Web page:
Week 16 (20th March – 28th March)

Sunday 20th March: This is the last week of the installation. I checked the soil for moisture in each of the 6 trees. As I suspected the soil was very dry over half way down the pot. So I decided to top water each tree. There is risk in this but I am sure the trees would not survive another week without the watering.

Monday 21st March: The trees showed some signs of leaf yellowing. This is because of the watering yesterday. The problem was not bad and I decided that the soil needed warming slightly more whilst it was wet at the surface. For this reason I increased the top soil temperature by 1 degree to 30 degrees Celsius (86 degrees Fahrenheit). This temperature will run for 20 hours of the day. I can now understand where these problems occur and I am looking forward to this time next week when the trees will be back at my studio. I will then be able to place them into conditions where the top soil will dry out more naturally from heating above the trees.

Later in the day I felt there was a problem so I went back to the study. I have no idea why this strong sense popped into my head but I have learnt to follow these hunches. The trees were alright but clearly not as good as they were on Sunday. I rechecked everything and found that one of the timers, the light duration, had stopped. This would mean the trees would become completely out of schedule in relation to heat and light. This must have happened very recently as I do check the timers regularly. It probably happened in the morning and in some strange manner the problem got through to me. I recalibrated the timer and will check in the morning.


Tuesday 22nd March: I checked the timer and was pleased to see it had worked and was in synch with the temperature timer. I checked each tree for moisture and found they were still a bit dry and so gave each one varying amounts of water. I am aware that this may lead to leaf yellowing but I felt it best for the continued welfare of the trees. I kept all setting as they were. The humidity has remained very stable between 46 – 54%.


Wednesday 23rd March: Two of the 6 trees are looking a little unwell. This is because of the watering which has made the soil a cold and affects the general temperature of the environment. I am not sure if it is that this stage of the work is coming to an end but I really feel a strong desire to get them back to the studio.

Thursday 24th March: The two unwell trees are hanging in there but are in need of a couple of days in the grow tent to pull them around. There are now a total of 14 germinated trees in the study. My hope is to bring these trees on as they are intimately linked to the study at Nottingham Contemporary. They are metaphorically and actually connected to the air of contemporary art.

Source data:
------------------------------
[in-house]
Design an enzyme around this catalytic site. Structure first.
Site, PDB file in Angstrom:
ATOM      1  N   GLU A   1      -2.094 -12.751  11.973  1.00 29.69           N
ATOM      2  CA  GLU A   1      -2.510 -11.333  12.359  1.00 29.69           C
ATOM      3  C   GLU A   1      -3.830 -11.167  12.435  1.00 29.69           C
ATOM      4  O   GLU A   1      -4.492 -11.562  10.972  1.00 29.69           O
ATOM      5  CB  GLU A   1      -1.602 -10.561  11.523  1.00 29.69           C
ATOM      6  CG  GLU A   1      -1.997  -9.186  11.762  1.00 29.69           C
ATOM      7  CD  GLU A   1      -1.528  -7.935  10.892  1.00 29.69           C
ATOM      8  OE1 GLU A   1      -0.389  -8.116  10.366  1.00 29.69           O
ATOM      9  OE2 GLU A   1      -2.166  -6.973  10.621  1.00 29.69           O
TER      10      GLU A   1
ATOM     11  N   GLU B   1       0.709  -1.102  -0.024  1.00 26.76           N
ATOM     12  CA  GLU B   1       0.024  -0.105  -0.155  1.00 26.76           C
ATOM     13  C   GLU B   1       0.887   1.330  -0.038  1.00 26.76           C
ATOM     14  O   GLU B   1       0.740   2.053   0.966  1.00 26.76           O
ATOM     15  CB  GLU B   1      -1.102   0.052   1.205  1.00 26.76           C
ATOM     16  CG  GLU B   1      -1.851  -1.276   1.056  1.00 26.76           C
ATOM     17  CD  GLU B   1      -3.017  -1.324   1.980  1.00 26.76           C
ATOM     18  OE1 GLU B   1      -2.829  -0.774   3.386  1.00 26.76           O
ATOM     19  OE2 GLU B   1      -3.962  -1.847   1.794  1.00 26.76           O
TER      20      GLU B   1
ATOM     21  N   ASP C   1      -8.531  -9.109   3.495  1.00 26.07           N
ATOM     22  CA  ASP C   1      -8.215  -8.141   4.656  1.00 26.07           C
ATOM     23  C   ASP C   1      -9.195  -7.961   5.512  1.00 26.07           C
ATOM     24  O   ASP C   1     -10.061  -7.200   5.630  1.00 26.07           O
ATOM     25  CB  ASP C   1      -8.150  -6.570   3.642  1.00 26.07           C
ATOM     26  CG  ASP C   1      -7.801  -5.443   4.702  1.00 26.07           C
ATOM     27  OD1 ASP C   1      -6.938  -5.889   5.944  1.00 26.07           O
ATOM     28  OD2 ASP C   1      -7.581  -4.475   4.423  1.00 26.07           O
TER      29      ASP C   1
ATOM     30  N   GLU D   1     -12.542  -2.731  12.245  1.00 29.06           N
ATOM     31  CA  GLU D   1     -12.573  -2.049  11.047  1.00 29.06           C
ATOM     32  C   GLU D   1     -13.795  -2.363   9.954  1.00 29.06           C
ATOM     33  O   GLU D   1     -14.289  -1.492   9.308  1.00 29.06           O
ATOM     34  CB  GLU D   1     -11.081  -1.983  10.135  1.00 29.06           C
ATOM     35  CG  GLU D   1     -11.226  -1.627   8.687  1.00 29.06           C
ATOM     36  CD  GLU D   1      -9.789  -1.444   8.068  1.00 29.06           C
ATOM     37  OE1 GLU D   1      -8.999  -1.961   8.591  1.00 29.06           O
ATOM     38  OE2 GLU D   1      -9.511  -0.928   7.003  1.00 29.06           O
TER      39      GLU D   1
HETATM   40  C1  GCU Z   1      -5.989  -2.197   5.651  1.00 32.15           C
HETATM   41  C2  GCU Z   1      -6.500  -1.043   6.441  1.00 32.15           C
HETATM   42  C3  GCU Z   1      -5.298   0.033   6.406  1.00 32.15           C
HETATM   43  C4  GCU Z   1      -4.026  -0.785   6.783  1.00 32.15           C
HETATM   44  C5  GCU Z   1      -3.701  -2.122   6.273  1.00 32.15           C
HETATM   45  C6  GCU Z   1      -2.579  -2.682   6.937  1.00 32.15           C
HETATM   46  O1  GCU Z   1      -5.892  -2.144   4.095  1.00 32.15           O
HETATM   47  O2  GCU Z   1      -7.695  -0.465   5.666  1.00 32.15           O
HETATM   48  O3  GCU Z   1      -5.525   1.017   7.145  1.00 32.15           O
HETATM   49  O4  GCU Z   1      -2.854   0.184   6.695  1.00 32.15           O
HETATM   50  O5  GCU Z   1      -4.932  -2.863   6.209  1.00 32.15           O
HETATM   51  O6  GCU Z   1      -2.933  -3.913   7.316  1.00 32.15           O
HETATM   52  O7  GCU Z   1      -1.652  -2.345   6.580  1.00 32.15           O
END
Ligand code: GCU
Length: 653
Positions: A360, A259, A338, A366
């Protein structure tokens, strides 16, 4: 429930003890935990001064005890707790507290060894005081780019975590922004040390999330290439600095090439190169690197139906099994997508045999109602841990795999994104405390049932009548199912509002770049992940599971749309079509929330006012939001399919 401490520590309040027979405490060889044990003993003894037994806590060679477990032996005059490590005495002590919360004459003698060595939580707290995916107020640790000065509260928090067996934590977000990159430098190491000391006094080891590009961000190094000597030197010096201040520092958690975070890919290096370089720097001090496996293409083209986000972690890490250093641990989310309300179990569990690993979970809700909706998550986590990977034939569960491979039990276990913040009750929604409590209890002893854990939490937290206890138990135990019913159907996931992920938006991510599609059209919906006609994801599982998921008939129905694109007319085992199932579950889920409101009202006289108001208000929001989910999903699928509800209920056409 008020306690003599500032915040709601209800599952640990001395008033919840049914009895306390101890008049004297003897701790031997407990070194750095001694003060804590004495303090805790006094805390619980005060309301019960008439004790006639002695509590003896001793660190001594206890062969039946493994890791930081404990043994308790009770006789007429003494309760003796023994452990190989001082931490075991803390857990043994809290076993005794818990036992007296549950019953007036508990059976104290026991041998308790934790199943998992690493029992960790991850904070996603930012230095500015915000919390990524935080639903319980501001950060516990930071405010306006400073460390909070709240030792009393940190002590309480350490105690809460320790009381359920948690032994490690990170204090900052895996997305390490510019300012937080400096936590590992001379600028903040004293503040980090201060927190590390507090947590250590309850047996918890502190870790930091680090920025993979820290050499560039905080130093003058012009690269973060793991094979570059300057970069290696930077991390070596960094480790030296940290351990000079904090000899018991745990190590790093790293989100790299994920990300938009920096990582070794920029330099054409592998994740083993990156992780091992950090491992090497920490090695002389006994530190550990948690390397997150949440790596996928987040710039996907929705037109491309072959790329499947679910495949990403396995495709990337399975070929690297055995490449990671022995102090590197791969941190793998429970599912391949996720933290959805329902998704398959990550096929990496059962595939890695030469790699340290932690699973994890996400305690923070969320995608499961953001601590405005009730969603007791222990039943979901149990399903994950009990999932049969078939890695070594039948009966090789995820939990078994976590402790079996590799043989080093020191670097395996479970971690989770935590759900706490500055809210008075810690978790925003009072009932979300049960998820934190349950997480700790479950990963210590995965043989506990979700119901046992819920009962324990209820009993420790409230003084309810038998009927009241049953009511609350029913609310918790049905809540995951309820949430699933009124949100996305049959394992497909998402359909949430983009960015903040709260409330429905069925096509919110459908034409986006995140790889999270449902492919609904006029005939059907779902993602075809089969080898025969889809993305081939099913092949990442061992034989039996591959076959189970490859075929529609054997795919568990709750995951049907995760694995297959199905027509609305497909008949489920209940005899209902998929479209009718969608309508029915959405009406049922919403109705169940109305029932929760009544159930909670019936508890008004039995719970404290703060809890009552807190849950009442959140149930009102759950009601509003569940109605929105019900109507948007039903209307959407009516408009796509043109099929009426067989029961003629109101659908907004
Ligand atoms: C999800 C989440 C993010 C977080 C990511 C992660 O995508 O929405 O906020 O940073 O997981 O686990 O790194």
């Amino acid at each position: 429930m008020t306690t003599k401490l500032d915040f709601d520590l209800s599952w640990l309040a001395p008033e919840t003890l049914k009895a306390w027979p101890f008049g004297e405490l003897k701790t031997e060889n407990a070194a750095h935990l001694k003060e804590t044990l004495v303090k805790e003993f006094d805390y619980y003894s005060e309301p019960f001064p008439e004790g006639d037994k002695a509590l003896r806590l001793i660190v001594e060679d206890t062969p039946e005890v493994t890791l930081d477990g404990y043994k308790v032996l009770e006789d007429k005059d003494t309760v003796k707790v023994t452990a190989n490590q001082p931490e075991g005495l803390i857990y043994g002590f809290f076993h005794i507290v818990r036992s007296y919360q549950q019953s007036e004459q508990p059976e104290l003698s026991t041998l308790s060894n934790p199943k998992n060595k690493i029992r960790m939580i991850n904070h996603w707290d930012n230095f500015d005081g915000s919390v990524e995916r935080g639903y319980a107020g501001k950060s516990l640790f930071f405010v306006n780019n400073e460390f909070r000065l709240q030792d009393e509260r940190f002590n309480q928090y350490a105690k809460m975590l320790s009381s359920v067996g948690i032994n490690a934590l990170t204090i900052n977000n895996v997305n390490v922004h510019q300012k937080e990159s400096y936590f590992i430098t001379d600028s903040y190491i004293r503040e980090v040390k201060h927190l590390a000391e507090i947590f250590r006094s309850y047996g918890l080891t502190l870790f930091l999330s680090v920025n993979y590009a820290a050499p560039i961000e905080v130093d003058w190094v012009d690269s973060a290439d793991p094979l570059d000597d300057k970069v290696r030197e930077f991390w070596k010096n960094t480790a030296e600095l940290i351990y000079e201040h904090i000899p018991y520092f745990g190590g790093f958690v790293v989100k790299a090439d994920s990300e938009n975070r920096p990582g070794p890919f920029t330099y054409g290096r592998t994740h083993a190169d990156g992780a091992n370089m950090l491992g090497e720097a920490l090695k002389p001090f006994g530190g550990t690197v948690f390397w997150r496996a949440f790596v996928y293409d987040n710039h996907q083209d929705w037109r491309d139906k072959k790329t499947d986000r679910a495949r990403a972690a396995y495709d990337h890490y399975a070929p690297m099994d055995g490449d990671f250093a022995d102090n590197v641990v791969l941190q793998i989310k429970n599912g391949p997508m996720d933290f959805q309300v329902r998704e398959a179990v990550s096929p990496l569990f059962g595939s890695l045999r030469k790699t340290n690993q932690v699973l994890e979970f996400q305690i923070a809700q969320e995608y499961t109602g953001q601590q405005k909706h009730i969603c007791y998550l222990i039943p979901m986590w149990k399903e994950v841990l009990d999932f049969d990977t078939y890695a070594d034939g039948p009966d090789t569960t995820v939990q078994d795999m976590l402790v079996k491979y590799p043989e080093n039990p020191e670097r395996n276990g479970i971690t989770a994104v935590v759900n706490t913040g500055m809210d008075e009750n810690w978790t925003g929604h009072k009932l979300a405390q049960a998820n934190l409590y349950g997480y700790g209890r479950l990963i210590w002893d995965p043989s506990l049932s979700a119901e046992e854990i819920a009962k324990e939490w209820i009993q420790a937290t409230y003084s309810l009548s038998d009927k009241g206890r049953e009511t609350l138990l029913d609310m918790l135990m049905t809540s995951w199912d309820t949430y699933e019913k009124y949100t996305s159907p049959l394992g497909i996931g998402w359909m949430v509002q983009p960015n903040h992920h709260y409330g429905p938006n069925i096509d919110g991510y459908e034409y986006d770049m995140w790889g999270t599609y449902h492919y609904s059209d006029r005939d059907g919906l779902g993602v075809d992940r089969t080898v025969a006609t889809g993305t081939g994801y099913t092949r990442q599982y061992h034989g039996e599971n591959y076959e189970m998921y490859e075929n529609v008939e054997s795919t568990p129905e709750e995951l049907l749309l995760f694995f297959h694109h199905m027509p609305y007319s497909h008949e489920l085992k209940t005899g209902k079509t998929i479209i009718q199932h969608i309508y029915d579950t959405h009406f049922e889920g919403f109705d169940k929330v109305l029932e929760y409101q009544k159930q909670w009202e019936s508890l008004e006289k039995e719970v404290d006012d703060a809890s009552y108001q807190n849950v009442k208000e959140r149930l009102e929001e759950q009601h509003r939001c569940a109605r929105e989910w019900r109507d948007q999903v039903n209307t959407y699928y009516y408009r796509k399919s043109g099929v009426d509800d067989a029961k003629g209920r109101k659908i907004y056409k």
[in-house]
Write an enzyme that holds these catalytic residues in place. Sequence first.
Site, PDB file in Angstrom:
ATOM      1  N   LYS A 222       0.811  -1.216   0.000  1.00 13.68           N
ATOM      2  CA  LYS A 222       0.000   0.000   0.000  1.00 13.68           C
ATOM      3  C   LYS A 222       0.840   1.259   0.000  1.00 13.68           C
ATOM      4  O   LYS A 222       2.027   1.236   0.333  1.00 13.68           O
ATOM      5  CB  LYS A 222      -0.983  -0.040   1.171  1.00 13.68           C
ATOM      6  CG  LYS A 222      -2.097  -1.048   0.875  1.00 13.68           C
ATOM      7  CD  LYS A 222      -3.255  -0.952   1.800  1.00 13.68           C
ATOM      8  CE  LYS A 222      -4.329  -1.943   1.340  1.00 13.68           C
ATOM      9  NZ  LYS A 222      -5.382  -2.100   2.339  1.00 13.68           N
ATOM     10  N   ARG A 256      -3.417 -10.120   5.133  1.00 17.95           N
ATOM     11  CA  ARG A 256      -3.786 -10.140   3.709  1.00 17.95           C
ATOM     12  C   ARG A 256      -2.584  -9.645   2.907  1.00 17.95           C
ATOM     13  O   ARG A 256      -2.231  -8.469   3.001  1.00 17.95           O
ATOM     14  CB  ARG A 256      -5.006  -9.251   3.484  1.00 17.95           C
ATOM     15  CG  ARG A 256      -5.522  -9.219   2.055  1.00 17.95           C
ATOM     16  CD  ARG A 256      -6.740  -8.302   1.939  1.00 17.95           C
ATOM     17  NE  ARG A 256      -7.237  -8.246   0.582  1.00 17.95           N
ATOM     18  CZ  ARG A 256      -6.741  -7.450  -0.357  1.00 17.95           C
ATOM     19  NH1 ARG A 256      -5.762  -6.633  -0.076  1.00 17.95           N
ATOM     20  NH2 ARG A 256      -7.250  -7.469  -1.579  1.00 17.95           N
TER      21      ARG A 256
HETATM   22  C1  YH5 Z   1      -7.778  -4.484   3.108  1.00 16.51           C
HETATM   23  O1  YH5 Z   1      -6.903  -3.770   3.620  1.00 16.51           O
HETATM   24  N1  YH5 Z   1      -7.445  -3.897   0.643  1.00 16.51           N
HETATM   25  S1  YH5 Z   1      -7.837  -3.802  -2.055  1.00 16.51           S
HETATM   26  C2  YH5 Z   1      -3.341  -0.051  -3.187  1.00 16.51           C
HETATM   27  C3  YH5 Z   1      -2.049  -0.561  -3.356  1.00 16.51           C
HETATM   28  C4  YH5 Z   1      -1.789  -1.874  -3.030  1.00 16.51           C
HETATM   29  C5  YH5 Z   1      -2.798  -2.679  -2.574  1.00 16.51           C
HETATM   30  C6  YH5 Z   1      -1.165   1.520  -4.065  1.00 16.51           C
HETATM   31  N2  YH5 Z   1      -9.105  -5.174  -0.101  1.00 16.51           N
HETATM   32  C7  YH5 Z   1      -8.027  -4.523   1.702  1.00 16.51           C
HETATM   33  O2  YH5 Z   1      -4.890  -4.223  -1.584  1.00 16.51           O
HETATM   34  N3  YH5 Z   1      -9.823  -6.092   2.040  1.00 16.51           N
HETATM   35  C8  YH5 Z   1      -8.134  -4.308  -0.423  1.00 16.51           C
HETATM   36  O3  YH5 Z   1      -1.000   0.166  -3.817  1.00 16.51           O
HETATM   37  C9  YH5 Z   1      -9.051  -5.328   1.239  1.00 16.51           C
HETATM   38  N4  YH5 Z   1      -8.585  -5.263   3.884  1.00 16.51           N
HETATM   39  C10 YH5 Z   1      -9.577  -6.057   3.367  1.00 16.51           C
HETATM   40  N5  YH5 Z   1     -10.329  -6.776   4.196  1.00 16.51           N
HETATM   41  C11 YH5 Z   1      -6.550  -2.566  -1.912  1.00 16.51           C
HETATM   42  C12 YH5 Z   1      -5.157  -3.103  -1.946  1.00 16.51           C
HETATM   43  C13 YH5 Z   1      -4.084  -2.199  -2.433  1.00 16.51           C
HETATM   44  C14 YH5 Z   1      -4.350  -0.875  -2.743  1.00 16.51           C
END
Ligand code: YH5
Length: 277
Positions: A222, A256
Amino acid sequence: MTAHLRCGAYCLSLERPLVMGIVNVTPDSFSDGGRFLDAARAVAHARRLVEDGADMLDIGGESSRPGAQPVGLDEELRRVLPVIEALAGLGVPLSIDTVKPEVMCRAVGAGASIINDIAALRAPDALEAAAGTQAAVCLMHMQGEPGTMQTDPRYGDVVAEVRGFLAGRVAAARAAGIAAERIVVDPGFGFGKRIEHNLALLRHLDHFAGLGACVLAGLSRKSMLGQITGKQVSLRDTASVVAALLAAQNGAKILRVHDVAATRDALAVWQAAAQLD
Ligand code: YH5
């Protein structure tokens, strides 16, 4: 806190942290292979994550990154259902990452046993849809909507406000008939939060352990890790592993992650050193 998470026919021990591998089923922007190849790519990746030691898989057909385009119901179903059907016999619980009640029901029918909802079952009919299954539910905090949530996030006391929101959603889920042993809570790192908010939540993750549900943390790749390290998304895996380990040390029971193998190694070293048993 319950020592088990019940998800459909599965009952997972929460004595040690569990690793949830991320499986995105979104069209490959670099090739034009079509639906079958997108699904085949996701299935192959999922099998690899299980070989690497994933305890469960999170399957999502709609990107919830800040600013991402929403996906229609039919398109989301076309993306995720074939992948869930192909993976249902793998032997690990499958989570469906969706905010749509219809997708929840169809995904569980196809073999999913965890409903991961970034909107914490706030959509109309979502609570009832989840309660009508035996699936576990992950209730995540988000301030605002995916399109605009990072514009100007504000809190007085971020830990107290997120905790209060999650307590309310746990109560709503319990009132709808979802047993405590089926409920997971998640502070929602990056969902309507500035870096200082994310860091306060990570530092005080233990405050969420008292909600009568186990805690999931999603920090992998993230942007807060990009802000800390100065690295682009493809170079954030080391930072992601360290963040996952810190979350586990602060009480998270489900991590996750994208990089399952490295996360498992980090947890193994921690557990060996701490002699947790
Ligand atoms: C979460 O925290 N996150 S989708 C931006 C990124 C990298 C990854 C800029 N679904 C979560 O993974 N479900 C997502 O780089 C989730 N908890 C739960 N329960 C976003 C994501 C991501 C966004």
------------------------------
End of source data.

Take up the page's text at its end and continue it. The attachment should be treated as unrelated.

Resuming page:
Friday 25th March: A couple of the trees looked a little unwell this morning, yellowing and falling leaves. I have removed them from the propagator environment and will bring them back to the grow tent over the weekend. I am not sure if this is a temperature or moisture problem. I am not too worried about these trees as I am confident they will thrive in the grow tent. The remaining trees look very well. They are all around 52 – 54 cm (20 -21 inches) in height and have very healthy leaf growth which is characteristically a beautiful dark green colour. The trees look handsome in the environment and they should survive the final weekend of the installation. All settings remain the same and the humidity is at 45%.


Saturday 26th March: The trees looked well this morning with little signs of stress on the leaves. The 2 trees I removed yesterday were still dropping some of their leaves. I think this is because of lack of heat in the study. Overnight they were behind the curtain next to the large picture windows in the study. The temperature outside the study dropped dramatically overnight and is forecast to drop a dramatic 10 degrees Celsius during the forthcoming week. Given this and the fact that the grow tent is ready to receive the trees I decided get them back to the studio.


Approximately 5 cm (2 inches) of growth during this week

The tallest tree, now in my studio, has grown to 60 cm (23.6 inches).


Sunday 27th March: This is the last day of the installation. The trees looked really well and I am pleased that they have survived what has been an intense period of study.  This phase of the project has become a relationship of meaning and materiality that constructed, cultivated and reviewed a poetics of responsibility. It has been a relationship that advocates an intelligent ecology based on values that are immanent in the complex workings of nature.

It is the closeness of the relationship between the Moringa Trees and me that will stay with me and, as I continue the project, will continue to engage my thoughts. The project sought to privilege an intimacy of knowledge gained through observation and experience. Such closeness tried to overcome the material, social and ethical distance that can occur in works that attempt to comment on situations or conditions that are evident but not experienced.

The organisation of the relationship seems to have been governed through many forms of knowledge; experiential, procedural, social, conceptual, qualitative, experimental, descriptive, quantitative and self knowledge.